what would it do if we have deprecation-dependent behaviour?

But deprecated entities aren't always treated as though they're not there if
compiling 
without -d.  For example, deprecated functions take part in overload
resolution.  This is 
necessary in order to satisfy (a), (c) and (d).  Though it doesn't seem to make
any 
difference to (b) or (e).


Maybe DDB is useful at times.  The use case that comes to mind is suppressing
the handling 
of a deprecated property as part of a non-deprecated method.  But still, is
accidentally 
programming DDB in something that needs to be guarded against?  Or do we just
accept DDB 
as a natural, unpreventable consequence of reflection?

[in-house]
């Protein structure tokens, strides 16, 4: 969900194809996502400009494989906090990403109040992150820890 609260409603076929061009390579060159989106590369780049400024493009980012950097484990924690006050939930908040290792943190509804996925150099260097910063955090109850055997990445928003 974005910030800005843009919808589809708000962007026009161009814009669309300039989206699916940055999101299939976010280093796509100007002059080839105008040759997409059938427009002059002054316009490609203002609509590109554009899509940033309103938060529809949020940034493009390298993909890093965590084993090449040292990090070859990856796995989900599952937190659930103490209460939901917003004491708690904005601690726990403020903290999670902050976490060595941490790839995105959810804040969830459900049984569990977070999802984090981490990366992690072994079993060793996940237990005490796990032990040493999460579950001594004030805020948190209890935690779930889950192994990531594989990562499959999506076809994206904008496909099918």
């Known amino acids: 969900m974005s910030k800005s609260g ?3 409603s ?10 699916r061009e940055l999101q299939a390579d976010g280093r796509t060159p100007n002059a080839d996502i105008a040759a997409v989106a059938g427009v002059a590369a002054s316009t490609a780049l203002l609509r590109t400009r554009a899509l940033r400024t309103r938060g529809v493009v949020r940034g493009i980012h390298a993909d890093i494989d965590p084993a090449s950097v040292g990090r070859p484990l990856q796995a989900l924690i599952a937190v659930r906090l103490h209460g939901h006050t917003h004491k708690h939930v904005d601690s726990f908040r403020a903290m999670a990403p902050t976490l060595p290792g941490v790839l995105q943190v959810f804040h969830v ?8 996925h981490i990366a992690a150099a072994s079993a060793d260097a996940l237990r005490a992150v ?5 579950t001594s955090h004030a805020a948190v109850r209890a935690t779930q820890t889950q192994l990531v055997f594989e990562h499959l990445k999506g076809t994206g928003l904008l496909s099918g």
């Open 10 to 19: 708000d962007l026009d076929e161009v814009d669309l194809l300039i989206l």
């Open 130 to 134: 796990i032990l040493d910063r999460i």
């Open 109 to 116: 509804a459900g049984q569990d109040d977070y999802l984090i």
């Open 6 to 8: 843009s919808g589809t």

I'm not sure whether all ideals would be satisfied in the absence of CTR, or if
there are 
other aspects of D that prevent it from being so.

I suppose the overall point is: Is the current compiler behaviour the best that
can be 
done?  Which ideals of deprecation do we really need to follow, and which can
we do without?


Stewart.
Feb 11 2012
parent reply Timon Gehr <timon.gehr gmx.ch> writes:
On 02/12/2012 03:21 AM, Stewart Gordon wrote:
 Deprecation is a nice feature. There doesn't seem to be any doubt about it.

 But it's by no means perfect, compiler bugs aside. I have identified
 these ideals of deprecation:

 (a) Code that compiles without -d compiles and behaves the same with -d.

 (b) Code that compiles without -d compiles and behaves the same if all
 entities declared as deprecated are removed from the code.

 (c) Code that compiles with or without -d compiles and behaves the same
 if all deprecated entities are de-deprecated.